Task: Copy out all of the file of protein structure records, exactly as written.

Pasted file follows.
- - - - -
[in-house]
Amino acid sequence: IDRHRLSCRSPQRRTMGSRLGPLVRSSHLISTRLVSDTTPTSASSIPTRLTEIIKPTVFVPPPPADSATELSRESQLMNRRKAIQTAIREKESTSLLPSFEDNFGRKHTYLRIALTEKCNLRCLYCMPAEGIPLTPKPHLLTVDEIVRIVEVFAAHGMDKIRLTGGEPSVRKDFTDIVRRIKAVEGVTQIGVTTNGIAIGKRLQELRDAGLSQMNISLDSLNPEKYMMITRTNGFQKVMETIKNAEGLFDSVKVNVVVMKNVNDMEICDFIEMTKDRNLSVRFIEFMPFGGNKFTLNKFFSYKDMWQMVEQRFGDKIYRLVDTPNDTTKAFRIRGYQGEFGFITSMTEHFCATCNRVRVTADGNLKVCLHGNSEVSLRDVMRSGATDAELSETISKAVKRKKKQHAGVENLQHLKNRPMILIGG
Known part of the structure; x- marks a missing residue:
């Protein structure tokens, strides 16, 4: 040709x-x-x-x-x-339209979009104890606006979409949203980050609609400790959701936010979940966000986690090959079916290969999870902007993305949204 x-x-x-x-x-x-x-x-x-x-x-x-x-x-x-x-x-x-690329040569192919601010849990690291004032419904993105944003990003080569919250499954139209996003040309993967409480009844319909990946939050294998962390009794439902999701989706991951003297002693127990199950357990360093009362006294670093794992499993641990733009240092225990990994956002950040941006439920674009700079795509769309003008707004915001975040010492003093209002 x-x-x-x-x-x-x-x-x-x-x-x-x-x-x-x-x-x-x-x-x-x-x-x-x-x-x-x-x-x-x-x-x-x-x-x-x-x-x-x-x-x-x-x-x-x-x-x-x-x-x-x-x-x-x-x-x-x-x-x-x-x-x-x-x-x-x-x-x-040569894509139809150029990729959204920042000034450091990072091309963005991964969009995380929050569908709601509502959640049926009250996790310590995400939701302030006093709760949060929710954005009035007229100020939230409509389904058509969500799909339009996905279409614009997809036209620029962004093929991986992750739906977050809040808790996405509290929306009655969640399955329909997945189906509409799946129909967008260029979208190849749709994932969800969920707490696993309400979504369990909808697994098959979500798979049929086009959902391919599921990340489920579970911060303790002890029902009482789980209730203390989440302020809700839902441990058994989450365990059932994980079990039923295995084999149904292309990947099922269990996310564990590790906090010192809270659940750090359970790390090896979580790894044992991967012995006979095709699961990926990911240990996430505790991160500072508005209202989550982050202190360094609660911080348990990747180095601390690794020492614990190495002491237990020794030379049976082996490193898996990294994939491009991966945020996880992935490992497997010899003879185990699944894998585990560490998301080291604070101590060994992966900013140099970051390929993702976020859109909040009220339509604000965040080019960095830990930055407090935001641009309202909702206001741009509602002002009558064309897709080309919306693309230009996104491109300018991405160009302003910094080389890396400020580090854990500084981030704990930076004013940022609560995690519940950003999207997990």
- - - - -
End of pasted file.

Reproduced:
[in-house]
Amino acid sequence: IDRHRLSCRSPQRRTMGSRLGPLVRSSHLISTRLVSDTTPTSASSIPTRLTEIIKPTVFVPPPPADSATELSRESQLMNRRKAIQTAIREKESTSLLPSFEDNFGRKHTYLRIALTEKCNLRCLYCMPAEGIPLTPKPHLLTVDEIVRIVEVFAAHGMDKIRLTGGEPSVRKDFTDIVRRIKAVEGVTQIGVTTNGIAIGKRLQELRDAGLSQMNISLDSLNPEKYMMITRTNGFQKVMETIKNAEGLFDSVKVNVVVMKNVNDMEICDFIEMTKDRNLSVRFIEFMPFGGNKFTLNKFFSYKDMWQMVEQRFGDKIYRLVDTPNDTTKAFRIRGYQGEFGFITSMTEHFCATCNRVRVTADGNLKVCLHGNSEVSLRDVMRSGATDAELSETISKAVKRKKKQHAGVENLQHLKNRPMILIGG
Known part of the structure; x- marks a missing residue:
């Protein structure tokens, strides 16, 4: 040709x-x-x-x-x-339209979009104890606006979409949203980050609609400790959701936010979940966000986690090959079916290969999870902007993305949204 x-x-x-x-x-x-x-x-x-x-x-x-x-x-x-x-x-x-690329040569192919601010849990690291004032419904993105944003990003080569919250499954139209996003040309993967409480009844319909990946939050294998962390009794439902999701989706991951003297002693127990199950357990360093009362006294670093794992499993641990733009240092225990990994956002950040941006439920674009700079795509769309003008707004915001975040010492003093209002 x-x-x-x-x-x-x-x-x-x-x-x-x-x-x-x-x-x-x-x-x-x-x-x-x-x-x-x-x-x-x-x-x-x-x-x-x-x-x-x-x-x-x-x-x-x-x-x-x-x-x-x-x-x-x-x-x-x-x-x-x-x-x-x-x-x-x-x-x-040569894509139809150029990729959204920042000034450091990072091309963005991964969009995380929050569908709601509502959640049926009250996790310590995400939701302030006093709760949060929710954005009035007229100020939230409509389904058509969500799909339009996905279409614009997809036209620029962004093929991986992750739906977050809040808790996405509290929306009655969640399955329909997945189906509409799946129909967008260029979208190849749709994932969800969920707490696993309400979504369990909808697994098959979500798979049929086009959902391919599921990340489920579970911060303790002890029902009482789980209730203390989440302020809700839902441990058994989450365990059932994980079990039923295995084999149904292309990947099922269990996310564990590790906090010192809270659940750090359970790390090896979580790894044992991967012995006979095709699961990926990911240990996430505790991160500072508005209202989550982050202190360094609660911080348990990747180095601390690794020492614990190495002491237990020794030379049976082996490193898996990294994939491009991966945020996880992935490992497997010899003879185990699944894998585990560490998301080291604070101590060994992966900013140099970051390929993702976020859109909040009220339509604000965040080019960095830990930055407090935001641009309202909702206001741009509602002002009558064309897709080309919306693309230009996104491109300018991405160009302003910094080389890396400020580090854990500084981030704990930076004013940022609560995690519940950003999207997990």